To HAV and to hold
23 January 2013
The HSE estimates that up to two million workers are exposed to levels of vibration that could result in ill health. With several solutions for managing Hand Arm Vibration exposure available, Jim O'Hagan considers the optio
The main regulations that govern the management of HAVs are the European Union's Physical Agents Directive and the UK's Control of Vibration at Work Regulations. Central to these Regulations are the hand arm vibration exposure action-value (EAV) and exposure limit-value (ELV). The EAV may be described as a level of daily vibration exposure, that if exceeded, requires the employer to introduce control measures such that exposure is reduced to a level as low as reasonably practicable. The ELV may be described as a level of daily exposure that by law must not be exceeded.
Key to these values is what is termed 'A(8)'. This is a unit that might conveniently be described as representing a 'dosage' of vibration exposure, over an assumed 'typical' eight hour shift.
The EAV is equal to an exposure of average vibration magnitude of 2.5 m/s2 for a total period of 8 hours in a working shift.
The ELV is equal to an exposure of average vibration magnitude of 5m/s2 for a total period of eight hours.
There are several solutions available to help manage Hand Arm Vibration Exposure ranging from paper based solutions to fully automated management solution, these include:
Tool labelling Some organisations fit green, orange or red plastic or water resistant labels to their power tools that are pre-printed with vibration data and the maximum amount of time that an operative can use that particular tool before reaching their EAV or ELV level. The onus is then on the operator to ensure they do not exceed the recommended time.
Manual records Other organisation rely on their operative to report on a daily basis what tools they used and for how long in a manual "school jotter" type document. Ideally this data should be captured at the end of the shift prior to the operator leaving site.
Individual Dosimeter There are commercially available dosimeters that provide a traffic lights system to alert the operator when EAV and ELV levels are met. The operator programmes the dosimeter and fits it in turn to each of the tools used throughout the shift. Prior to using the dosimeter on each tool the operator has to: 1. Determine the vibration level of that tool by referring to its manual 2. Programme that into the dosimeter 3. Fit the dosimeter to that tool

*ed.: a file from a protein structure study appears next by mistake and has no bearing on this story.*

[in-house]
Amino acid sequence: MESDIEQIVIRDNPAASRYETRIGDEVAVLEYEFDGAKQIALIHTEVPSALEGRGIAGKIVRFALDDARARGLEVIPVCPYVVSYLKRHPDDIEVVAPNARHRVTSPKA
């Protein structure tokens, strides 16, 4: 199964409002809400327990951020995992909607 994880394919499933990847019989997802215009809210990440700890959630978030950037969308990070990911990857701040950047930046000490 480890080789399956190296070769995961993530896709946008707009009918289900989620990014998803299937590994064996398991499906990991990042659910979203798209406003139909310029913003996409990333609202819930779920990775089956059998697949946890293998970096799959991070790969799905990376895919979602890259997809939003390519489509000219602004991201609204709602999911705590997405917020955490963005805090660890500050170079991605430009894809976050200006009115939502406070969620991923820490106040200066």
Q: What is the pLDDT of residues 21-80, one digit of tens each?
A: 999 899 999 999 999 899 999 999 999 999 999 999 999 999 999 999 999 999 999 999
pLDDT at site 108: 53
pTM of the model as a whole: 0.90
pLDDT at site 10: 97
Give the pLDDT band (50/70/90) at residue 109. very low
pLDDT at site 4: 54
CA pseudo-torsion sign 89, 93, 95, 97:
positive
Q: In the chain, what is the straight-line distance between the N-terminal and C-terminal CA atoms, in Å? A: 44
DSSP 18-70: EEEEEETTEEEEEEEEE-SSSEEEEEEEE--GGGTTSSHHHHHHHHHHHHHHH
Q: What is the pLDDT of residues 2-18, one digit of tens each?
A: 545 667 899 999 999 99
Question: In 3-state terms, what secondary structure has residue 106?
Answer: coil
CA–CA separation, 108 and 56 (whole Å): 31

Fully automated solution Although the above methods are widely used, they have limitations. For example labels can get damaged and become unreadable, or are even lost and not replaced, and manual methods are often inaccurate unless they are strictly monitored. However there are several technologies available today that can be deployed to create an automated solution that can achieve the following: Easy to use Minimise operator interaction Accurately measure trigger time Provide a real time display of actual exposure points in line with HSE recommendation Give visual traffic lights to immediately alert the operator Require no programming by the operator Collate and gather operator exposure data automatically Generate useful management information
The HAVmeter from Reactec for example, is a solution that delivers the above benefits. The HAVmeter can calculate and record cumulative real-time vibration data across all vibratory hand tools in use by an operator throughout the working day. Each power tool is fitted with an RFID tool tag that contains basic asset data and average vibration level. A personal swipe card enables the operator to swipe out a HAVmeter from a base station. The HAVmeter magnetically attaches to the tool tag and "connects" with that tool data. The operator moves the HAVmeter from tool to tool throughout the working day and returns the HAVmeter to the base station at the end of the working day, at which time the data for the tool usage is transferred automatically to the Basestation. The data on the Basestation is stored on a memory card for upload into a comprehensive suite of reporting software that provides detailed and accurate analysis of operator exposure records. The data collected enables management to completely automate reporting, identify staffing issues on particular jobs and help protect the company from false claims. Companies that see the system as a management tool rather than just a health & safety device can see a return on investment well with 12 months.
Jim O'Hagan is the managing director of the HAVmeter division, Reactec. Visit Reactec, Stand 240 at Health & Safety '10 North